International law and the Island of Ireland’s future

Professor Aoife O’DonoghueAoife O'Donoghue

Editors’ Note: This post is part of an IACL-AIDC Blog Symposium on unification of the island of Ireland. The Symposium is co-hosted by the IACL-AIDC Blog and the Constitution Project @ UCC Blog. Selected posts will also be co-hosted by the UKCLA Blog. The full set of posts can be found here.

As international law is the arbiter of statehood one would be forgiven for imagining that it delineates the pathways for new/(re)unified/breakaway states. The reality is different. The unhelpfulness of international law derives from its innate conservative nature. Change is unwelcome. Self-determination is so circumscribed that it is almost never fully legal until after the fact. Changing borders, say to alter the Monaghan polyp (a small piece of territory in the Republic of Ireland that is almost completely surrounded by UK territory), is inadvisable. Conversely, international law’s equivocation means where there is agreement, states are free to act once there are no violations of human rights or third-party rights. Recognising any changes is a matter for other states and international organisations. And it is states, not ‘people’, that are paramount. The Belfast/Good Friday Agreement (GFA), The Belfast/Good Friday Agreement (GFA)—the agreement between the parties in Northern Ireland and the related international treaty between the British and Irish Governments that was central to the peace settlement in 1998—sits within the transitional justice tradition making combined international/constitutional insight essential. This post sets out to provide the former.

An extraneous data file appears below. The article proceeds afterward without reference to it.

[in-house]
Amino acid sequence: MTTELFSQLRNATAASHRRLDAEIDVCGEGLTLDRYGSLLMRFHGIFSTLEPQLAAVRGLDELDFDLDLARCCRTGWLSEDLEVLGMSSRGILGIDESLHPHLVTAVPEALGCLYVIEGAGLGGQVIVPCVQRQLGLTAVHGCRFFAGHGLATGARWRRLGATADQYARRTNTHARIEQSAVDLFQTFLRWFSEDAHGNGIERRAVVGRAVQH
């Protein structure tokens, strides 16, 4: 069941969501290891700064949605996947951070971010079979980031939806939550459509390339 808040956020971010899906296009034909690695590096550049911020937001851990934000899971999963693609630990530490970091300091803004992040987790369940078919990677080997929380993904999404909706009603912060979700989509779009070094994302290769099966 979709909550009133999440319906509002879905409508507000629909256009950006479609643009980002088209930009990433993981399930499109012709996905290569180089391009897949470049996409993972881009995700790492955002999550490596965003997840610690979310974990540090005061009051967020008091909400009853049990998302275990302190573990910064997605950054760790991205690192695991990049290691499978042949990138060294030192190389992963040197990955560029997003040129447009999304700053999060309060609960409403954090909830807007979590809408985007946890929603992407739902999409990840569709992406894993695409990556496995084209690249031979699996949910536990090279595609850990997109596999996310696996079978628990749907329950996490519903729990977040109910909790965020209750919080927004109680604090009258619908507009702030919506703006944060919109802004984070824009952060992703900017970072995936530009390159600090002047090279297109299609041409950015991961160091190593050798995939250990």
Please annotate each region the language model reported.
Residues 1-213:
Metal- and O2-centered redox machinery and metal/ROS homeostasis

At times, treaties are thrown into political debates as arbiters of rectitude. When states act unilaterally and contravene treaties, they are rightly condemned, but this does not mean that consensual solutions cannot be found or that contested meanings do not remain. Even if the GFA is far from perfect, it is settled lex specialis in the Northern Ireland context. The GFA resolves some issues, but not all. Its mixed character, its unintended consequences, its (intended) constructive ambiguities, Brexit and its evolution, all form part of the shaping of the ‘constitutional question’. The Vienna Convention on the Law of Treaties (VCLT) provides a baseline of good faith implementation and interpretation and incorporates modifications, including the St Andrews Agreement and New Decade New Approach, but the GFA’s text is paramount.

The distinction between unification or reunification has few legal implications, but it has political meaning for some. In Was Ireland Conquered Anthony Carty examines international law’s status through the Norman invasion, Surrender and Regrant, Plantations, the Act of Union, partition, the Government of Ireland Act 1920, and the 1921 Treaty, demonstrating the complexities in reading international law in its historical context. In their 2013 Government Report on Scottish Independence Boyle and Crawford state that before the 1801 Act of Union Ireland, unlike Scotland, was a colony. While under the 1921 Treaty it is likely that reunification is accurate, in practice there was scarcely a day between its coming into operation and Stormont’s notification to remain in the UK. A supplementary question is when Ireland achieved statehood. Whatever status the UK’s imperial constitutionalism may have granted, international law is the authoritative regime, and effective independent statehood was likely achieved in the mid-1920s.